Japanese Docomo takes the step from “post-smartphone” to the industrial metaverse

Japanese Docomo takes the step from "post-smartphone" to the industrial metaverse

TOKYO — Japan’s leading mobile operator NTT Docomo will enter the industrial metaverse over the next few years by offering design tools and other tools powered by its own wireless technology, CEO Motoyuki Ii told Nikkei.

“Games have been the driving force in the metaverse so far, but industrial applications will grow in the future,” Ii said in a recent interview.

He acknowledged that Japanese companies have lagged behind their international peers in claiming the metaverse – a virtual space where people interact through avatars. But Ii sees helping businesses go digital as a way to come back strong.

For Docomo, which leads rivals KDDI and SoftBank in wireless market share but not profitability, the metaverse offers a chance to diversify. Docomo aims for operations beyond its core telecommunications business, including the metaverse, to account for at least half of sales by fiscal year 2025.

Jun Sawada, chairman of NTT, Docomo’s parent company, sees the metaverse as the group’s next core business.

“We need to plan for the post-smartphone era,” Sawada said.

NTT Docomo launched the XR World metaverse in March. (Image courtesy of NTT Docomo)

Docomo will work with partners, including startups, to develop the tools of the industrial metaverse. They will be made available to a wide range of businesses, large and small. By October, the carrier plans to set up a company with about 150 engineers and other employees to start the project.

For its metaverse tools, Docomo envisions a virtual space where engineers located remotely can meet and use the tools to co-develop products or test prototypes. These services will also use augmented reality, in which real-world objects are enhanced with contextual data.

The tools are intended to help manufacturers overcome staff shortages and pass on the skills of experienced workers to a new generation.

Computer-aided 3D design and development are already widespread in the automotive industry. But this process remains mostly confined to computer screens. The Metaverse should provide greater immersion so engineers can better evaluate virtual prototypes.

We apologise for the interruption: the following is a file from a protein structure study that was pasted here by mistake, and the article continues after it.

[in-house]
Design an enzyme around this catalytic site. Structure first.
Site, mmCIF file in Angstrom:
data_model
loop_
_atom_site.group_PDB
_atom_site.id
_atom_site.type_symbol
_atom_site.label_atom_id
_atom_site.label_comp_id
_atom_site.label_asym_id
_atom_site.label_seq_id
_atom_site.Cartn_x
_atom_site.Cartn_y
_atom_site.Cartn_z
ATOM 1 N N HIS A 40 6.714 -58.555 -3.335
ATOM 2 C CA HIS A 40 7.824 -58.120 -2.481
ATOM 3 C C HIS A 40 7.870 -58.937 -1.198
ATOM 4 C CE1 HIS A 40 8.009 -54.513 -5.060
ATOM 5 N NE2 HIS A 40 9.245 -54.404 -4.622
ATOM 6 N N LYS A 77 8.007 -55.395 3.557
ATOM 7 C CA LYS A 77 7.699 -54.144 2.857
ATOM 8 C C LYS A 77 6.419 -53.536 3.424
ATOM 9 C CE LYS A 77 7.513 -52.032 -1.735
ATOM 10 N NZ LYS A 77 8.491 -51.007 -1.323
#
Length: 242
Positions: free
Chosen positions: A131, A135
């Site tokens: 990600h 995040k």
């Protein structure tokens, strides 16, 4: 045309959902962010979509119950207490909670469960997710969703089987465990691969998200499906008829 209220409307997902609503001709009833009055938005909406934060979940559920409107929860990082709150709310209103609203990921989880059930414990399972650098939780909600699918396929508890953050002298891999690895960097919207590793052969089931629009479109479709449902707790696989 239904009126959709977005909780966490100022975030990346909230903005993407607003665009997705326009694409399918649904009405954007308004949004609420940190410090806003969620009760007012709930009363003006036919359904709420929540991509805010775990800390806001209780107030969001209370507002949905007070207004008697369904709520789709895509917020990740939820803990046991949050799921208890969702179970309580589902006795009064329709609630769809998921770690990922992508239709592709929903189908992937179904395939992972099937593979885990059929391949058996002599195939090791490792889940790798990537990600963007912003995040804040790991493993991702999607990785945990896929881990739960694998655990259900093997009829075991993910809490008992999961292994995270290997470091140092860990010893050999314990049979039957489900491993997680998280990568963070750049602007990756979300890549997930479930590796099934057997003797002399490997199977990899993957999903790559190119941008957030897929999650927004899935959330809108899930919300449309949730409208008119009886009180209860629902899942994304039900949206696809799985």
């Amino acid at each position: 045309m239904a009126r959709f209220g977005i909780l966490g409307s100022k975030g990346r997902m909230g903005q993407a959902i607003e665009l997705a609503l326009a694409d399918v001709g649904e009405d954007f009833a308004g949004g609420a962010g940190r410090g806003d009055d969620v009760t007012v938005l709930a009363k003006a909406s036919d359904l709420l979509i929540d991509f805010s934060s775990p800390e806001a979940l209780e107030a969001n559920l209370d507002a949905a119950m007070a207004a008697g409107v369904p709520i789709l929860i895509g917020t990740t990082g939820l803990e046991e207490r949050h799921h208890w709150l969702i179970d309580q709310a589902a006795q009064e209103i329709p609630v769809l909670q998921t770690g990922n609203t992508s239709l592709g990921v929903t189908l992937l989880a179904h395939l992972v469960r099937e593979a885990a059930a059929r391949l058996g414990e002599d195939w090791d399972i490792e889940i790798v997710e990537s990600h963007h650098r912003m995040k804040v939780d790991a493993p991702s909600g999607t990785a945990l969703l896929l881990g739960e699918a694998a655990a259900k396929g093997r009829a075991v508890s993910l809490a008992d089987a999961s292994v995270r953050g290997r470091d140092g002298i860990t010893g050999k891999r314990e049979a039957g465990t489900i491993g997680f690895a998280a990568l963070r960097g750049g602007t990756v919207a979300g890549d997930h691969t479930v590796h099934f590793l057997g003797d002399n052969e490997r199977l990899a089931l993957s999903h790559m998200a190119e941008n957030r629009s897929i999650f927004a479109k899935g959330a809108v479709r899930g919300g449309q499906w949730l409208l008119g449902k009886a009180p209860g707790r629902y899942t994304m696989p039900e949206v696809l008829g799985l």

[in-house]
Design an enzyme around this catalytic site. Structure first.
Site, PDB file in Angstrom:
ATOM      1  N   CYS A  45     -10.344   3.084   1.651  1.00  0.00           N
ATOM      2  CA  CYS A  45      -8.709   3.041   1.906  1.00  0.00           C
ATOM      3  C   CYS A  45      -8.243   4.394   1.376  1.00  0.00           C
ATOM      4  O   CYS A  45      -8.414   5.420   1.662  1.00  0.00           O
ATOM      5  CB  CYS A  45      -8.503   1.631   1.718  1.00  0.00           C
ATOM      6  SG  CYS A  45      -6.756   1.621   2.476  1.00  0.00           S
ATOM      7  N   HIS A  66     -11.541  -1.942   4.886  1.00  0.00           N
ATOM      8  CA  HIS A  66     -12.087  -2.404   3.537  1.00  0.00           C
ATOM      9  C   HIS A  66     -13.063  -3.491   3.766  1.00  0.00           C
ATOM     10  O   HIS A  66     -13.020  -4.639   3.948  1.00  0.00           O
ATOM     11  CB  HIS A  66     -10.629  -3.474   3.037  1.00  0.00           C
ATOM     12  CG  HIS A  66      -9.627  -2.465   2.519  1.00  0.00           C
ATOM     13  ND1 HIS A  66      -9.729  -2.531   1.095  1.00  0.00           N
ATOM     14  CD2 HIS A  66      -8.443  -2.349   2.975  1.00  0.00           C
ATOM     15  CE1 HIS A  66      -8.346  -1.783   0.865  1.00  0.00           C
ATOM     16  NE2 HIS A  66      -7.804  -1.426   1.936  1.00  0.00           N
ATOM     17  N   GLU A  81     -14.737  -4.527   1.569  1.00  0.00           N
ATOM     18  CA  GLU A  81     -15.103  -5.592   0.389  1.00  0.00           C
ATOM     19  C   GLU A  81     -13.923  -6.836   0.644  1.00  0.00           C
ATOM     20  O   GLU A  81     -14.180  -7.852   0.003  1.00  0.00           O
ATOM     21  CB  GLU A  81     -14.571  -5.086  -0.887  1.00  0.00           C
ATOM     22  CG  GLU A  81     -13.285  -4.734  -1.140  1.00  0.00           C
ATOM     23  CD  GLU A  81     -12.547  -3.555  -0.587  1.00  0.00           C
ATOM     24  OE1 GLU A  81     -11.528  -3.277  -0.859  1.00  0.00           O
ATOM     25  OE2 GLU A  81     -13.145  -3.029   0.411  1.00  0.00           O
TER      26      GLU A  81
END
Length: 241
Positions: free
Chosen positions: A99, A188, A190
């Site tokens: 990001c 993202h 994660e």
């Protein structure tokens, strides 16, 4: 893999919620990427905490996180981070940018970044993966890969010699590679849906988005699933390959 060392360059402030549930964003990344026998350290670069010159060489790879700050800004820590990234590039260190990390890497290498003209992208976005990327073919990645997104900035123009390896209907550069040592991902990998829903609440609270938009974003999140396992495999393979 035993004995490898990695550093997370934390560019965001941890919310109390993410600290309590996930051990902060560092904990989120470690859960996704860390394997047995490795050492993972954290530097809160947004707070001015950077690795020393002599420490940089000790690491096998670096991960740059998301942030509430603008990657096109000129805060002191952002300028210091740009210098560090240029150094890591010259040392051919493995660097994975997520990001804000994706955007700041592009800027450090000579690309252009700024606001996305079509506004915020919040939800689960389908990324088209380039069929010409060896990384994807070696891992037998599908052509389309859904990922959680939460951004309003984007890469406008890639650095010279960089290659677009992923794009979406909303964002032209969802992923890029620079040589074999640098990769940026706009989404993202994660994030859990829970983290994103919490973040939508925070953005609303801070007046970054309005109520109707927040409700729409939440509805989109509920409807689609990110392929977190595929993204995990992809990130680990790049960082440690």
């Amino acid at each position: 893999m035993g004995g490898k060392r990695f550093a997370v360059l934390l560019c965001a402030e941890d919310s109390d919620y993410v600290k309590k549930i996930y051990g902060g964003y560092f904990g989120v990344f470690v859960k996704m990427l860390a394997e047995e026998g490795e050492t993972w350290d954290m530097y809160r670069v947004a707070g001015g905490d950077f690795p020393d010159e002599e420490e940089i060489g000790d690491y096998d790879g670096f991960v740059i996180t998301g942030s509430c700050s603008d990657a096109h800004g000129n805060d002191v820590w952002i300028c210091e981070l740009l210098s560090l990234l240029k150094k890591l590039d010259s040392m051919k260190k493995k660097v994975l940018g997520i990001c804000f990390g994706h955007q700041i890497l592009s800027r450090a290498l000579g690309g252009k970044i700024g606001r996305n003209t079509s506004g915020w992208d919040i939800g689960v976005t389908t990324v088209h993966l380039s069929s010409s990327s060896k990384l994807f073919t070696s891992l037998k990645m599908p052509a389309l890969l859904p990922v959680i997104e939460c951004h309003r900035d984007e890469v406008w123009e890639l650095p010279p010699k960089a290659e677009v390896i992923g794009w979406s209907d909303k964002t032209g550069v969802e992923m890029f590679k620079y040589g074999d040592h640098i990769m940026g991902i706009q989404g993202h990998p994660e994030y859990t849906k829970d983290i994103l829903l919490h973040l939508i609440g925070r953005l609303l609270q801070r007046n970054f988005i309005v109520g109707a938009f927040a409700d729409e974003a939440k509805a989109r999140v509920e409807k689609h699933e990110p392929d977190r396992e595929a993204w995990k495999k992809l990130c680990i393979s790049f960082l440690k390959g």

Competition is fierce in virtual reality glasses and other wearable devices, with companies such as Facebook parent Meta and Apple joining the fray. But bulky VR gear hasn’t hit the mainstream yet. Ii said Docomo aims to provide “user-friendly and comfortable devices”, including lightweight VR glasses.

Docomo’s industrial metaverse ambitions will be underpinned by the innovative Optical and Wireless Network, a next-generation communications infrastructure known as IOWN being developed by the entire NTT Group.

IOWN envisions optical signals replacing electrical signals as data carriers through networks. This would increase data transfer capacity by a factor of 125, while reducing latency and power consumption by factors of 200 and 100, respectively, according to Docomo.

NTT is developing proprietary semiconductor devices using this technology, which will make compact and lightweight VR equipment possible.

Such devices could use sixth-generation telecommunications, or 6G. Data transmission speeds on 6G are expected to be more than 10 times faster than 5G. IOWN is expected to be commercially available as early as 2025, with 6G hitting the market around 2030. NTT and Docomo plan to launch a 6G indoor trial with Japanese electronics group NEC and other partners during this exercise.

Docomo already has a metaverse activity for the consumer market. In March, the company created XR World, where attendees can attend concerts and other events. Users can access the platform through smartphones and PCs without relying on VR glasses.

Docomo’s search for industrial customers reflects the shrinking smartphone market in Japan and lower mobile prices. The carrier aims to close 30% of its physical Docomo stores by the end of fiscal 2025. In the meantime, it aims to attract more virtual visits from customers.

Docomo became wholly owned by NTT in 2020 and was delisted from the Tokyo Stock Exchange. The carrier earned an operating profit of 927.9 billion yen ($6.94 billion) for the fiscal year ended March 31, accounting for about 50% of NTT’s group-wide profit.

The metaverse market is expected to reach $828 billion in 2028, nearly 20 times its size in 2020, predicts Canadian analytics firm Emergen Research. Industry boundaries are blurring: Japanese advertising group Hakuhodo DY Holdings has started selling virtual ads for metaverse platforms.